Read more http://www.newyorker.com/reporting/2011/01/03/110103fa_fact_colapinto#ixzz1zU7nUHRj
Warning: Spoiler! (Click to show)

Sounds like many of the bags are really understated on the outside, but he does things like put fur or satin on the inside so you touch it every time you reach in, even though no one else can ever see it.  And yeah, it's stupid expensive, but I don't think it's actually worse than JS.

Quote:
the type that appeals to a customer who disdains the easy status recognition that comes from a conspicuous label

...I bet customers love to read that about themselves.
I've read that exact paragraph about every freaking designer I became interested in ever since joining SF.
We're all so fucking tasteful shunning the excess of the (20s/50s/80s/2000s/celebrities/porn).

I mean, the article may be true, maybe he is a restrained minimalist designer (lets ignore the fact that he works for a very large, well known luxury accesories company owned by Gucci), but it just reads so wanky to me.

Minimalism is nice and all but can we please stop lauding it over other design identities?
post #267 of 414
I didn't like Raf's weird die-cut shorts. who wears matching jacket and shorts? confused.gif with black socks and dress shoes, too, yikes. I know I'm totally not the target market, but I also think those cartoon prints are just fugly. Are they some kind of reflection or commentary on a new cultural trend? manga? dubstep? ;-)

The like the Bottega suits from this fall. I tried one of the ss12 suits at their store in SF. Agree that price (~2.5K) might be one of the aversions to the brand though.

261
post #268 of 414
Quote:
Originally Posted by sipang View Post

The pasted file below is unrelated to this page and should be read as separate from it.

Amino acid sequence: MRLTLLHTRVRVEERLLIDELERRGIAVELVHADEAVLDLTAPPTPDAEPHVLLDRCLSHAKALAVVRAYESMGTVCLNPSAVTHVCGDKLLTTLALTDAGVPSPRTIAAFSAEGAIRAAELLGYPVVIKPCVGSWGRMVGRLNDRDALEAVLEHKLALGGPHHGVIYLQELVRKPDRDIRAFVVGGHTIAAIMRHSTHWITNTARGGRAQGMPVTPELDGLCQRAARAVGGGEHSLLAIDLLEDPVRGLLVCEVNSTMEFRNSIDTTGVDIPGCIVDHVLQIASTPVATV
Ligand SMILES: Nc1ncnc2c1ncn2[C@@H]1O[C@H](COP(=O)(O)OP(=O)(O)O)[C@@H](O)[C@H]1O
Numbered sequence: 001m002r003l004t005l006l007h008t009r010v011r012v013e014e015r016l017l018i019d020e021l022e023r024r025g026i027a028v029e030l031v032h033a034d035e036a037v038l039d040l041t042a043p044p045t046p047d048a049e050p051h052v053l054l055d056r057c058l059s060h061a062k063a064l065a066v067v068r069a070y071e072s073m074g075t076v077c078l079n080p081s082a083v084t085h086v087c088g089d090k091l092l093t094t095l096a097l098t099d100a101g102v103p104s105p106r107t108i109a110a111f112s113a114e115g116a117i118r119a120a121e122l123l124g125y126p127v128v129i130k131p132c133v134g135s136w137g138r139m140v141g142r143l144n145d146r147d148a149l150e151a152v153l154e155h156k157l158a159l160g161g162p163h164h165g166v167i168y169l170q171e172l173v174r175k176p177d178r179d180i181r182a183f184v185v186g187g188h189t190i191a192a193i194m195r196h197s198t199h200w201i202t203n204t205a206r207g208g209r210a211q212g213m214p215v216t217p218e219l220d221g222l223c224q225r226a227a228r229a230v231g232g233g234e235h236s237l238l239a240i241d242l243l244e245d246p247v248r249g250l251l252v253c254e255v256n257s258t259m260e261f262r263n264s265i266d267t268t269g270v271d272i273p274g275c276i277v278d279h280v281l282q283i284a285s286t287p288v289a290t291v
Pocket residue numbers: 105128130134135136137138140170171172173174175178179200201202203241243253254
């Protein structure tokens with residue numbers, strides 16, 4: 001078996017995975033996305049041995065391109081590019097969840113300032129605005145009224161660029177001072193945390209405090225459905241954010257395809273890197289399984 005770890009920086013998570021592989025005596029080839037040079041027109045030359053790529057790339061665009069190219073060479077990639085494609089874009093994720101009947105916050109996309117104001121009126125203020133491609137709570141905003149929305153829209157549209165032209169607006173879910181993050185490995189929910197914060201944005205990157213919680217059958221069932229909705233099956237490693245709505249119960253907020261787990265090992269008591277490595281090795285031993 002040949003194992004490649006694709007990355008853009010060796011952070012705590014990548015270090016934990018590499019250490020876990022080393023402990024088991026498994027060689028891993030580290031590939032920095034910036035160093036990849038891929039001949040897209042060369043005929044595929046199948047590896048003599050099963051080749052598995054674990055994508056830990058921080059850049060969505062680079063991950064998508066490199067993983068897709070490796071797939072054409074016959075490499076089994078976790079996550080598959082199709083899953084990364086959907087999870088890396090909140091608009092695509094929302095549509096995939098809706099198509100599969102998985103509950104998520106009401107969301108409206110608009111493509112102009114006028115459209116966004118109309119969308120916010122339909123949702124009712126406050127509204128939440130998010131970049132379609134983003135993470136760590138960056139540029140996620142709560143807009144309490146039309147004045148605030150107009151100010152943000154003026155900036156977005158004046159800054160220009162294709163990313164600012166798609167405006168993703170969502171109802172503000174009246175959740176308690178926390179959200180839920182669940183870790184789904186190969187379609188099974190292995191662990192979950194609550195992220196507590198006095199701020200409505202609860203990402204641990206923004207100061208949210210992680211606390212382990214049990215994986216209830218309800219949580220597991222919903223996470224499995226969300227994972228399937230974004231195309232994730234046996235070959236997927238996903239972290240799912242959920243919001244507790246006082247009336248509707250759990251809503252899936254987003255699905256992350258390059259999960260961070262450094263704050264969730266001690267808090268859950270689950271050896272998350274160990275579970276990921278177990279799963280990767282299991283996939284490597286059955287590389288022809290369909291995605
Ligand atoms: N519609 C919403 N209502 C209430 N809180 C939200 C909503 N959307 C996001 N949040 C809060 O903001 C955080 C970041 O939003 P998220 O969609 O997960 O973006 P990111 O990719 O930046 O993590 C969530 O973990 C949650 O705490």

Warning: Spoiler! (Click to show)

imagine a montage of every pivotal moment that lead Raf Simons from channeling the fire of youth to being "like, really into lampshades right now, man"
post #269 of 414
Quote:
Originally Posted by Parker View Post

I didn't like Raf's weird die-cut shorts. who wears matching jacket and shorts? confused.gif with black socks and dress shoes, too, yikes. I know I'm totally not the target market, but I also think those cartoon prints are just fugly. Are they some kind of reflection or commentary on a new cultural trend? manga? dubstep? ;-)
The like the Bottega suits from this fall. I tried one of the ss12 suits at their store in SF. Agree that price (~2.5K) might be one of the aversions to the brand though.
 

 

plain.gif

Quote:
Originally Posted by hendrix View Post


...I bet customers love to read that about themselves.
I've read that exact paragraph about every freaking designer I became interested in ever since joining SF.
We're all so fucking tasteful shunning the excess of the (20s/50s/80s/2000s/celebrities/porn).
I mean, the article may be true, maybe he is a restrained minimalist designer (lets ignore the fact that he works for a very large, well known luxury accesories company owned by Gucci), but it just reads so wanky to me.
Minimalism is nice and all but can we please stop lauding it over other design identities?

 

Well, the readers of that magazine aren't particularly fashion literate.  The New Yorker isn't vogue.  But it's also talking about his entire career, and when he inherited the brand in 2001 or so, the bags the label was pumping out were akin to those LV bags with the logo plastered everywhere.

post #270 of 414
I read that New Yorker piece on Maier a while back and I remember having more respect for him and the brand afterward. They're very serious about keeping alive that heritage of Italian craftsmanship and they seem very exacting about the quality of their stuff. Part of the reason it's so expensive. But Maier has apparently done a great job of turning the brand around, and a big piece of that is their turn away from excessive branding to less conspicuous luxury. It's not minimalist in the design sense, just in its branding when compared with other luxury products.